Harvesting and storing chives

maxkaplan5(6)April 7, 2013

Hi all,

I just started my first garden a few days ago. I am growing chives, parsley, and thyme in my windowsill.

Anyways, I have questions about harvesting my chives. They are about 8 inches tall, and drooping over the sides of the pot quite a bit. I've heard that I should trim them down to be about 1.5-2 inches; is that correct? How long will they take to grow back? How do you store your chives once you harvest them, and how long are they edible? I am worried that I won't eat all of the chives before they go bad, so can I just harvest like a third of the plant? It seems like a waste to grow a plant for weeks or months (even though I've only had it less than a week) and then try to consume all the hard work in 2 or 3 days.

When I harvest the chives do I have to use sterile scissors, or does that sort of thing matter? Should I mist the plant with water after I cut it? I know I have a lot of questions, but I am COMPLETELY new to gardening, and no one in my family ever gardened either so I'm pretty much in uncharted territory haha.

Thanks for the help!

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balloonflower(5b Denver CO, HZ 5-6, Sunset 2b)

Yes, you are correct in the 1-2" rule. As far as I am aware, it is better to cut the whole chive, rather than to harvest just a couple inches of tip. You can easily harvest in thirds or quarters, just carefully so you don't accidentally uproot the remainder of the clump. I have 6 clumps, that I keep at various stages. How long they take to grow back depends on heat, water, and light, but chives do grow rather fast. The new sprouts outside in my garden did about 4" this week, but potted chives can be a bit slower. The flavor intensifies a bit as they age, but you can chop them when they reach the height you mentioned. If you notice flavor diminishing, quit harvesting for a bit and let them recharge.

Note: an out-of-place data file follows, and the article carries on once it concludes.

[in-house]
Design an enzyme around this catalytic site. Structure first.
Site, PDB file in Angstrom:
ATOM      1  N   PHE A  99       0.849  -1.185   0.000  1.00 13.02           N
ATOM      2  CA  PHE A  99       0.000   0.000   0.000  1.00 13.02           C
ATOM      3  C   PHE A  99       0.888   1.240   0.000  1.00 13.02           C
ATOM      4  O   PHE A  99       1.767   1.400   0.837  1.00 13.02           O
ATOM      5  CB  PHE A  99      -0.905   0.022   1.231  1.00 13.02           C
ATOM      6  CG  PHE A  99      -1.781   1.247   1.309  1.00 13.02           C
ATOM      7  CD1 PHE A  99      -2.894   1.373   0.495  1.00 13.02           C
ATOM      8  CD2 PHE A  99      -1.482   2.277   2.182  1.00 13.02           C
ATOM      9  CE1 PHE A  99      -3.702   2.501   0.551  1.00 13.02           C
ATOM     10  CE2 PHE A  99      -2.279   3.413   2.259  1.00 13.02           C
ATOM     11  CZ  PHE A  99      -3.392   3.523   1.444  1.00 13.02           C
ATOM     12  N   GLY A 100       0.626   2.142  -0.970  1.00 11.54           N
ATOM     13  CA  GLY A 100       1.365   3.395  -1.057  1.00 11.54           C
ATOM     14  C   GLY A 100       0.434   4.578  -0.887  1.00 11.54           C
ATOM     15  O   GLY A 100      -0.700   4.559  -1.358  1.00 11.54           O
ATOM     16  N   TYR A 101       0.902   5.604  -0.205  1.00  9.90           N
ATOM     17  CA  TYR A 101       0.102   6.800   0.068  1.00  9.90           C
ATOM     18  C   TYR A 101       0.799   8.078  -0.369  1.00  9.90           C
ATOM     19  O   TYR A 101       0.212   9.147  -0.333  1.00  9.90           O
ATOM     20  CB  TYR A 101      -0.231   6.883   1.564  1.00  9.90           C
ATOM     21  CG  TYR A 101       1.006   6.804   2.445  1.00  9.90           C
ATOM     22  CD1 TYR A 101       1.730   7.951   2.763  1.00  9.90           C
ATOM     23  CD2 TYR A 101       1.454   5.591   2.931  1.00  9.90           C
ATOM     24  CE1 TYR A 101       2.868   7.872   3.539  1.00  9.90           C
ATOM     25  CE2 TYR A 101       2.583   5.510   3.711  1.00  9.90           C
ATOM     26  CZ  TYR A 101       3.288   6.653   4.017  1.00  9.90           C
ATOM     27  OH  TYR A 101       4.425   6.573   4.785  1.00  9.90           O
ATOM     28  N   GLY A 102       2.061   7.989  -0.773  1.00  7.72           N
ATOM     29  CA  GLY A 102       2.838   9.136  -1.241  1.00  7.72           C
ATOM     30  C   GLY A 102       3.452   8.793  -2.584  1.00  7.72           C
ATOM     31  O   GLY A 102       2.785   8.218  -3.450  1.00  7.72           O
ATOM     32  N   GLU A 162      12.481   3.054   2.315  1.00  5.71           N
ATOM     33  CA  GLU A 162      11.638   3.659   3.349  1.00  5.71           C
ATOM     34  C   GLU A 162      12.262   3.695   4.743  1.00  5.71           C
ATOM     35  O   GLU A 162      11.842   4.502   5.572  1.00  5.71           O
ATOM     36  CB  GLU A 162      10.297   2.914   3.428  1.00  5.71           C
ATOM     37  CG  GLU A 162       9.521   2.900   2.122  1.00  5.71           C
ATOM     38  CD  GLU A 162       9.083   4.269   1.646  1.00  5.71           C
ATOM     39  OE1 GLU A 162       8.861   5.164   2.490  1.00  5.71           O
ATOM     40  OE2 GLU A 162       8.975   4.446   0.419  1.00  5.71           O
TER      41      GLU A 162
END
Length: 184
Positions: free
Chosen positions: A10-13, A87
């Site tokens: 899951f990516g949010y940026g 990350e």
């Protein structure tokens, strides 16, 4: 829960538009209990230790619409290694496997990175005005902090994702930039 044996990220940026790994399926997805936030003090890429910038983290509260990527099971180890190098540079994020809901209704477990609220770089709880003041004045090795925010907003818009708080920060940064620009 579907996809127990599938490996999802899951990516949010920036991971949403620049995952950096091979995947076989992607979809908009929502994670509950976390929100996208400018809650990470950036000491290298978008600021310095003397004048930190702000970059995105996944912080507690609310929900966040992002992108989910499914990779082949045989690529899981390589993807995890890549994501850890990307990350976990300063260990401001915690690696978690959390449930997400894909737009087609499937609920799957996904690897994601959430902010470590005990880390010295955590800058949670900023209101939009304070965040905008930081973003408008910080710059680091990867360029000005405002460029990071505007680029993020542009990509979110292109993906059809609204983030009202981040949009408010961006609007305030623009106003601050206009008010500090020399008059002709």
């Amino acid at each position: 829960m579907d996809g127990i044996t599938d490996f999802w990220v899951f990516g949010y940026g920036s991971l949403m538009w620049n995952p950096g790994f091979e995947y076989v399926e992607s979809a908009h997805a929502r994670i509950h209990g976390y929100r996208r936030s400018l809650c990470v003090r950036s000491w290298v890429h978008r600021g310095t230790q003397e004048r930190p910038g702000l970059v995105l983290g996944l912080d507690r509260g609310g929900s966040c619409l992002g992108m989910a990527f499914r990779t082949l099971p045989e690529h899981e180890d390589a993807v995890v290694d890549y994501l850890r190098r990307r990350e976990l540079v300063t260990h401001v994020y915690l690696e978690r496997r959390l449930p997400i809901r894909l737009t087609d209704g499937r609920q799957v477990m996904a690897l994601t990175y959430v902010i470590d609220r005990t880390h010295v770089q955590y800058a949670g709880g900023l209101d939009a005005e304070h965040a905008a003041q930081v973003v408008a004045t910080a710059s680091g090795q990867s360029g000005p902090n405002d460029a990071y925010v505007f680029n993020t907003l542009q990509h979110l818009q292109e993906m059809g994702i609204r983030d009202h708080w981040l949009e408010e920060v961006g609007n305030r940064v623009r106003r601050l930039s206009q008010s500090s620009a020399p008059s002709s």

I prefer my chives fresh. They would probably store for a few days in the fridge. For the fresher taste, the freezer is probably a better bet. You can try dry freezing them whole in a ziploc, or snip them finely and suspend them in water in ice cube trays. If you choose to dry chives, you need to snip them into small pieces prior to drying, or you'll get straw that doesn't cut after it's dry. For either frozen or dried, the important thing is to wash them (although I don't always do this for my indoor ones), then let them completely dry. Any water will either delay drying or frostbite them. Then, I use a scissors to snip them into little pieces. I have had really good luck drying chives in a very fine mesh bag laid flat on a wire shelf. But warning---they will smell strongly for a day or so. And you need to make sure the dry chives won't fall through the mesh, since they shrink as they dry, and if you have relatively immature fine chives, they get very small (think lingerie bag--very fine mesh). You can also set them on a layer of paper toweling or newsprint on a shallow cookie sheet or pie plate and let them dry that way. Make sure they are completely dry before storing airtight in a dark place.

I've honestly never worried too much about sterile scissors, I just use my clean kitchen shears. On another note--chives in pots tend to be heavy feeders and need to be fertilized monthly, especially if you harvest continually. Use a low numbered liquid fert, or half strength of a stronger fert, or compost tea, or whatever you prefer. If you let them flower, chive blossom vinegar is amazing!

    Bookmark   April 7, 2013 at 10:23PM
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Awesome, is there anything I have to do to make them flower?